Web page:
Cape C Class - Breakbulk
On 12 June 1998 US Transportation Secretary Rodney E. Slater announced the award of a total of 39 performance-based contracts to 10 American ship-owning and -operating companies to manage 89 ships of the Ready Reserve Force. The total estimated value for the contracts included the expected costs of shipyard work and other maintenance and operational expenses for which the ship managers are reimbursed. Marine Transport Lines, Inc. of Weehawken, NJ was awarded $1,821,710 over 3.25 years for Cape Cod and Cape Chalmers.
Following this announcement of contracts to manage RRF ships in 1998, MARAD independently discovered an error in the award process, and rescinded the contracts. It extended existing contracts to make sure the ships remained mission ready. On 04 May 2000 Maritime Administrator Clyde J. Hart Jr. announced the award of 33 contracts, awarded on a competitive basis, to nine American ship owning and operating companies to manage 74 of the Ready Reserve Force ships. None of the Cape C vessels were included in these new awards. In FY 2000/1 a total of 19 Breakbulk Ships were retired from the Ready Reserve Force as the new and Large Medium Speed Roll-on/Roll-off vessels [LMSRs] were added to the surge fleet.
The term "breakbulk ships" refers to ships characterized by large open hatches and fitted with boom-and-winch gear or deck cranes. They are primarily used at ports which, either because of low cargo volumes or local economic factors, lack the modern facilities and inland rail/highway connections required to support efficient containership operations. In competition with containerships, breakbulk ships are no longer commercially viable. Fewer of these ships are being built each year, and none has been built for US flag owners in recent years. Break-Bulk ships have always been routinely used for deployed and resupply in the past, that is, during WWII, Korea, and Southeast Asia sealift operations. With their open deck, multiple cargo holds, and service by booms and/or cranes, these ships can lift most military cargoes. These are the most versatile ship types for in-the-steam or LOTS-type operations. The military advantages of general cargo or breakbulk ships include flexibility in the load composition afforded by open decks and multiple cargo holds and the ability to discharge cargo without the use of port facilities. Their military disadvantages include time-consuming cargo operations and the requirement for large numbers of trained personnel to load and unload. For these reasons, the break-bulk ships are no longer commercially competitive with the containers and RO/RO ships and are being phased out of the commercial trade routes. The government has purchased many of the newer break-bulk ships and put them into the Ready Reserve Fleet for use in an emergency.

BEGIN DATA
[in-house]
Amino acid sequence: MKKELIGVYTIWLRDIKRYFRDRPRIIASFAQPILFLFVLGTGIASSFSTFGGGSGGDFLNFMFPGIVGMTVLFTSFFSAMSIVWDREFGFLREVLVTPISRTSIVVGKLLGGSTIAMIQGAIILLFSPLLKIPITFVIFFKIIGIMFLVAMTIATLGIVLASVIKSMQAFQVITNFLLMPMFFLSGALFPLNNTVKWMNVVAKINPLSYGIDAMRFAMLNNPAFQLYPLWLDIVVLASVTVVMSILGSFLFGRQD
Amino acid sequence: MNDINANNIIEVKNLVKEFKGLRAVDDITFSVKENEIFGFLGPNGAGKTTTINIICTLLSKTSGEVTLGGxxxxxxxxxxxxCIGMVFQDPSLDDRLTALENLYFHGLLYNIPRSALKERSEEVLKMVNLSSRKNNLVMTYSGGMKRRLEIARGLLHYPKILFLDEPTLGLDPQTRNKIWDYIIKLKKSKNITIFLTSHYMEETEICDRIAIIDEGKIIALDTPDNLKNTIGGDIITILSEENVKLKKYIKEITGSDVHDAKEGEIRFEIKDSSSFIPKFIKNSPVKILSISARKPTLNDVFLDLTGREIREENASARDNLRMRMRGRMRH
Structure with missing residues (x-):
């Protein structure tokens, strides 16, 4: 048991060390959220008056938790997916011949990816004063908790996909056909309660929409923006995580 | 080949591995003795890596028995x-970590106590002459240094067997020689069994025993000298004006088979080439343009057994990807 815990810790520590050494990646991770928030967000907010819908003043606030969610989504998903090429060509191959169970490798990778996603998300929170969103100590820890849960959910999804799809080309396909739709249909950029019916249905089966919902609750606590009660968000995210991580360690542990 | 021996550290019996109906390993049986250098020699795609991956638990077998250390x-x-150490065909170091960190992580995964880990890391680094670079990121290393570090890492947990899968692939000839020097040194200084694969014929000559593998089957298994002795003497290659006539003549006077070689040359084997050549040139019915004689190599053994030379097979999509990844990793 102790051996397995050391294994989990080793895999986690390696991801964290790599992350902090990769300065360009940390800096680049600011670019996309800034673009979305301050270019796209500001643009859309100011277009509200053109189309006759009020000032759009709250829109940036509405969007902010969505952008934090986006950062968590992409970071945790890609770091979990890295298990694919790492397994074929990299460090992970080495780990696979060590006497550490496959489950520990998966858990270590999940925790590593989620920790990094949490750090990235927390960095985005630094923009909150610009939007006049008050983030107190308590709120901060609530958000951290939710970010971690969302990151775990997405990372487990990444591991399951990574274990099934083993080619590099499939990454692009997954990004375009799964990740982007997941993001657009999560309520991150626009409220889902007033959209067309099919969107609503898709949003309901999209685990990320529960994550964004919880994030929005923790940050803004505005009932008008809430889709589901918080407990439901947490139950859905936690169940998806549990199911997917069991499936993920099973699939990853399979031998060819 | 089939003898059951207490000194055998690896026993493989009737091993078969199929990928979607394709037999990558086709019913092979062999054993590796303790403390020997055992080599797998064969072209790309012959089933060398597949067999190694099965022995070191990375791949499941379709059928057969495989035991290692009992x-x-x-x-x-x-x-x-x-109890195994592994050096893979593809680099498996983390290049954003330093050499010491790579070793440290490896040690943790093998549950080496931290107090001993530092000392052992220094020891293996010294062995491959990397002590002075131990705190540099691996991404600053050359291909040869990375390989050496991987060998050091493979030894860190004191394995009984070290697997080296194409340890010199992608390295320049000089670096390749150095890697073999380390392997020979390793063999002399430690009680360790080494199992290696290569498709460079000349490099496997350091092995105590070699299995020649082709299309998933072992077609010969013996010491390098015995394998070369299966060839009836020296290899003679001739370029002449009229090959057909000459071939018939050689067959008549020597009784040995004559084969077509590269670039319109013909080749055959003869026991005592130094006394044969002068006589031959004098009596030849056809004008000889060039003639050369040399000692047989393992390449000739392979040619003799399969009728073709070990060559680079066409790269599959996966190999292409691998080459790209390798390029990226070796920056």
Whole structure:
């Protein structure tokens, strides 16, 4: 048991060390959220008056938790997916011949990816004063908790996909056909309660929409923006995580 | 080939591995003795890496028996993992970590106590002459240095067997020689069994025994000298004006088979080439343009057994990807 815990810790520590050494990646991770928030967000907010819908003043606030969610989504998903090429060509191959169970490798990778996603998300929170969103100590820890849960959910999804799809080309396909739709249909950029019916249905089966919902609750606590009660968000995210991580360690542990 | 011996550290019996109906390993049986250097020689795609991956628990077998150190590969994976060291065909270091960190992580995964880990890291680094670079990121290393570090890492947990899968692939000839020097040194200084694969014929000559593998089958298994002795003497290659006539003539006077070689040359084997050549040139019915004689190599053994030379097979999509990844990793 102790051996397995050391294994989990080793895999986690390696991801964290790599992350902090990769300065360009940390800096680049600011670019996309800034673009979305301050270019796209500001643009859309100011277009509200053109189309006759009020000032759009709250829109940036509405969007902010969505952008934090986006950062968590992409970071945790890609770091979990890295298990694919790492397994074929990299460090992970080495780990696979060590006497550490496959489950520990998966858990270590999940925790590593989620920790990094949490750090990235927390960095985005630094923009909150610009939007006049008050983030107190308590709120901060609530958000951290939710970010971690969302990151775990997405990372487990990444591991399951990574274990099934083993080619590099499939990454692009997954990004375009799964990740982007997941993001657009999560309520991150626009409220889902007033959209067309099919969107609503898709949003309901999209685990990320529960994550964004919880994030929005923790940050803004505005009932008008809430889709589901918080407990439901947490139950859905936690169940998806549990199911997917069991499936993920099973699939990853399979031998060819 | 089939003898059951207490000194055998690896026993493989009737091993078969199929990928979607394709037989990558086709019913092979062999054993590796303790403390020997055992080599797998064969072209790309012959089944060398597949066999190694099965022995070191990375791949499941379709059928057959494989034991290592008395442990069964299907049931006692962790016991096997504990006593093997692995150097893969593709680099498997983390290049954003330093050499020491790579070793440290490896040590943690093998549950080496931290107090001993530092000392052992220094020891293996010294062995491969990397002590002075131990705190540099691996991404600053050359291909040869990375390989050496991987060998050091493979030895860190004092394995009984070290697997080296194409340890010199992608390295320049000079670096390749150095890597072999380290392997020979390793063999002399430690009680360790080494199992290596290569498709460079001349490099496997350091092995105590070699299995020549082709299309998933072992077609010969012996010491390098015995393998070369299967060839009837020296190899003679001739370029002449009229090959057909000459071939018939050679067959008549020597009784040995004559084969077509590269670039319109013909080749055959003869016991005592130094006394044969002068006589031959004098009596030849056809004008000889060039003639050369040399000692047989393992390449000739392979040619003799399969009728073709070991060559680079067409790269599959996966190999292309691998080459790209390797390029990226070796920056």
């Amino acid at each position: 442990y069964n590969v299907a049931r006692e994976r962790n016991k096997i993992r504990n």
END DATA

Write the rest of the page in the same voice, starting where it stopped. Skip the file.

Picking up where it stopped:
The SS Cape Chalmers is a training ship. The SS Cape Chalmers is one of more than 90 RRF ships of Military Sealift Command. Training consists of classroom and OJT on a Yard and Stay training platform and the SS Cape Chalmers. This provides Navy Cargo Handling Force entry level personnel with the knowledge necessary to develop the basic skills required to perform stevedore duties within a Navy Cargo Handling Battalion.
There are minor variations in specifications among units of this class. Most were discarded in the 1990s, although the details for individual ships are rather fragmentary. The T-AK 5074 Cape Catawba is a unit of the T-AK 284 Northern Light class, despite the "Cape C" nomenclature.
The standard United States Maritime Commission C3 type ship was 492 ft long, 69.5 feet wide, with a 28.5 foot draft, 7,800 gross tons and 12,000 deadweight tons. A total of 465 were built between 1940 and 1947. Most were equipped with a turbine developing 8,500 hp and could do 16.5 knots.
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